The Challenges of Malaria Prevention for Women at War

Listen to this interview to find out how the military changed its tactics largely to prevent the spread of malaria during the recent Liberia deployment.



Remington L. Nevin, MD, MPH, of the Johns Hopkins Bloomberg School of Public Health and author of “Issues in the Prevention of Malaria Among Women at War” in the new book Women at War discusses the challenges in preventing malaria in deployed women, the lack of clinical trial data on the impact of antimalarial drugs on women, and the recent success in avoiding malaria in Liberia.

[Scroll down to hear the full interview.]

Women currently make up about 15% of the military population, and more than 300,000 women have deployed since September 11, 2001. Women at War includes 19 chapters covering a host of topics, including deployment, issues at home, psychological challenges, and the veteran experience, reviewing epidemiology, changes in policy and demographics, factors affecting health, issues related to reproductive and urogenital health, and suggestions for health care providers treating women service members and veterans.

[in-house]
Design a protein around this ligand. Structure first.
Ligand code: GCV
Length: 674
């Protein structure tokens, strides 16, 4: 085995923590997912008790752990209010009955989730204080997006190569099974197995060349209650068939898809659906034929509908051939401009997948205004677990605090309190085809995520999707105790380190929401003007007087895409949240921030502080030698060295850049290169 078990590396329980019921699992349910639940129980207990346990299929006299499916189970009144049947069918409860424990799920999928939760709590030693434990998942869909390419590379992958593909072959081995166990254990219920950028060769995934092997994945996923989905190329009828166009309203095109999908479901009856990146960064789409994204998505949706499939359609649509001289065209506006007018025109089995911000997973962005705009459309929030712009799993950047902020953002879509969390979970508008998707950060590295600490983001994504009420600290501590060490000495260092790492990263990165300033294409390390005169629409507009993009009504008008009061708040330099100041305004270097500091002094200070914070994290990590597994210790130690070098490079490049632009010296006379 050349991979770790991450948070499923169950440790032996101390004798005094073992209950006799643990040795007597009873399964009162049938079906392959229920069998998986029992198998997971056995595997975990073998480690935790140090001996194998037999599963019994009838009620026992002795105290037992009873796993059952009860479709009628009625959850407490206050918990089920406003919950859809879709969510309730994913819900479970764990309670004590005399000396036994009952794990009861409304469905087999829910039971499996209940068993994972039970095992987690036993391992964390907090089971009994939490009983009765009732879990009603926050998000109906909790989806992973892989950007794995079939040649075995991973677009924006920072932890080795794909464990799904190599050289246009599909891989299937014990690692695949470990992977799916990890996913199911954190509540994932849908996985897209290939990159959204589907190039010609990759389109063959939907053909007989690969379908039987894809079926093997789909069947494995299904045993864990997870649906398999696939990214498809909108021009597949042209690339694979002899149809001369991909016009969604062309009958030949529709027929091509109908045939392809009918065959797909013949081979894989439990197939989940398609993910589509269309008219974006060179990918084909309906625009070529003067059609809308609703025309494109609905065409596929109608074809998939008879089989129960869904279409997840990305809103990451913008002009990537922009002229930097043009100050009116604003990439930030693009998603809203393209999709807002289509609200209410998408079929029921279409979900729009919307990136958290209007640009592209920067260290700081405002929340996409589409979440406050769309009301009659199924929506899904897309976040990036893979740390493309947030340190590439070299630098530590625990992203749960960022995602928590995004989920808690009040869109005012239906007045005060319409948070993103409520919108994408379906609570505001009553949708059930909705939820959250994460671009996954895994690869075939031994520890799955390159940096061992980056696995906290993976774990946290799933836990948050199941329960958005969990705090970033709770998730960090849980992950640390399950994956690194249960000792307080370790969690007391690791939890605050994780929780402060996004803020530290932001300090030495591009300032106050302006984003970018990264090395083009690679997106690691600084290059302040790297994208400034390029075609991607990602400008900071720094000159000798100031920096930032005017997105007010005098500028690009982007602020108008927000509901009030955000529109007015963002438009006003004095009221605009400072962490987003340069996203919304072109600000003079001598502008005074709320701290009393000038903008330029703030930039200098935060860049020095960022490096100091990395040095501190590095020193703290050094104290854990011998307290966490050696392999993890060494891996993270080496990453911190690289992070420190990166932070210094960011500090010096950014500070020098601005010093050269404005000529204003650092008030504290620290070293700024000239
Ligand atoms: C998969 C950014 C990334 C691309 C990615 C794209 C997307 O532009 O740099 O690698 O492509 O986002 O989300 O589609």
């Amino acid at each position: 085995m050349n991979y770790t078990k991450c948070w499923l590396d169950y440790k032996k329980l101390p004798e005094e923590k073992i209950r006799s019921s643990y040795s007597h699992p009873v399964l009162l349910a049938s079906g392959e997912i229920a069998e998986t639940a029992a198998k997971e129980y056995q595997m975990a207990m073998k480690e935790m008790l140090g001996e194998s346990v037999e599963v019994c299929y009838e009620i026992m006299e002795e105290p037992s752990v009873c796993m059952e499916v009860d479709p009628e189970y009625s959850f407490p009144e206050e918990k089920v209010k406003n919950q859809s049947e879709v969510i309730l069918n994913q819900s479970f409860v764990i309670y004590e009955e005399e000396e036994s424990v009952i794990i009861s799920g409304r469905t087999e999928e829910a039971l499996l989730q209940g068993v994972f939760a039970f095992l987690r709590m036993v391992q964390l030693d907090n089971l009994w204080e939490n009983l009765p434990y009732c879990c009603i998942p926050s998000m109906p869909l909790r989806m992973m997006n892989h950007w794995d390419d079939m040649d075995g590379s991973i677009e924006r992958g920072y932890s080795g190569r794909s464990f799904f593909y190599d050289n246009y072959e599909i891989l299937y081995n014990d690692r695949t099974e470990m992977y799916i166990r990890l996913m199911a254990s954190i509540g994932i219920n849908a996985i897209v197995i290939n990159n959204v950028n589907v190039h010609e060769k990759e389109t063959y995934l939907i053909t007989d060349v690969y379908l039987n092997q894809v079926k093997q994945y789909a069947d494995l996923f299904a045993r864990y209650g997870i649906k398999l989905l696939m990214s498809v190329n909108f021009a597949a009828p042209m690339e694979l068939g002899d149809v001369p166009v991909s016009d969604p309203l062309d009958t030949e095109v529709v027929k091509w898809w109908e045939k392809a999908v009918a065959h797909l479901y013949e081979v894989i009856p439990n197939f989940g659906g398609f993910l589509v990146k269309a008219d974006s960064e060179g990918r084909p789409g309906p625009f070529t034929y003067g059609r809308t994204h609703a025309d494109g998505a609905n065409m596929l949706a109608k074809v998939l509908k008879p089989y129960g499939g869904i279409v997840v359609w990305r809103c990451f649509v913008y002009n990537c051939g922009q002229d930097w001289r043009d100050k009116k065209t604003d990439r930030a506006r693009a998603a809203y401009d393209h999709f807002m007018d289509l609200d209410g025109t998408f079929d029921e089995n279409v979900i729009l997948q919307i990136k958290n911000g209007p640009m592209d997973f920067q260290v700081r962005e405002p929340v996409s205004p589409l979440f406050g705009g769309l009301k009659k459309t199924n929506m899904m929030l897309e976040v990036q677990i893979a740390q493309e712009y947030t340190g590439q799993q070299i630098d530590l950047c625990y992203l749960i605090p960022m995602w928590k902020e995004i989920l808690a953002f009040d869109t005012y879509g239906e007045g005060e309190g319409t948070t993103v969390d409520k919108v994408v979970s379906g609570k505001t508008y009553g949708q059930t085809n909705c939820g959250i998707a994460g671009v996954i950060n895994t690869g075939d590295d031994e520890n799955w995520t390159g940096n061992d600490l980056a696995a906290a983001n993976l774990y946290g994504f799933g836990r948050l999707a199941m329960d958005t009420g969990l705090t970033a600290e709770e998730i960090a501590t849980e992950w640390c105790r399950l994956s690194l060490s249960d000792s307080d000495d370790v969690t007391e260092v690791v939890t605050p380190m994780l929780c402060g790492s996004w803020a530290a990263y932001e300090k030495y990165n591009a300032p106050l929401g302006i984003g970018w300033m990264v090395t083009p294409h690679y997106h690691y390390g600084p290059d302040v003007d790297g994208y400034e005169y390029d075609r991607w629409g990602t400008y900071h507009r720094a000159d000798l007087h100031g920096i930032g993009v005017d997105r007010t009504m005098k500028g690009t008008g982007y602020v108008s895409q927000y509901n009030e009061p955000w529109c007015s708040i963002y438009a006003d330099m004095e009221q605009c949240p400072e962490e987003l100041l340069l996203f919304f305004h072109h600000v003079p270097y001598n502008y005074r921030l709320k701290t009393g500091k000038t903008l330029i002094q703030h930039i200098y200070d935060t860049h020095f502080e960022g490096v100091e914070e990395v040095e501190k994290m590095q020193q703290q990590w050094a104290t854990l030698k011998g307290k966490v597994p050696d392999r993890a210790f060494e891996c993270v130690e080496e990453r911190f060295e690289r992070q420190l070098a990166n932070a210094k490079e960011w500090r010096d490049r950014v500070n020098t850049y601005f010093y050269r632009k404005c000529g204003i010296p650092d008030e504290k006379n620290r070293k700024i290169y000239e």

For a limited time, a discount is being offered to Federal Practitioner readers. Click here and use the promo code AMPROMD9 at checkout.

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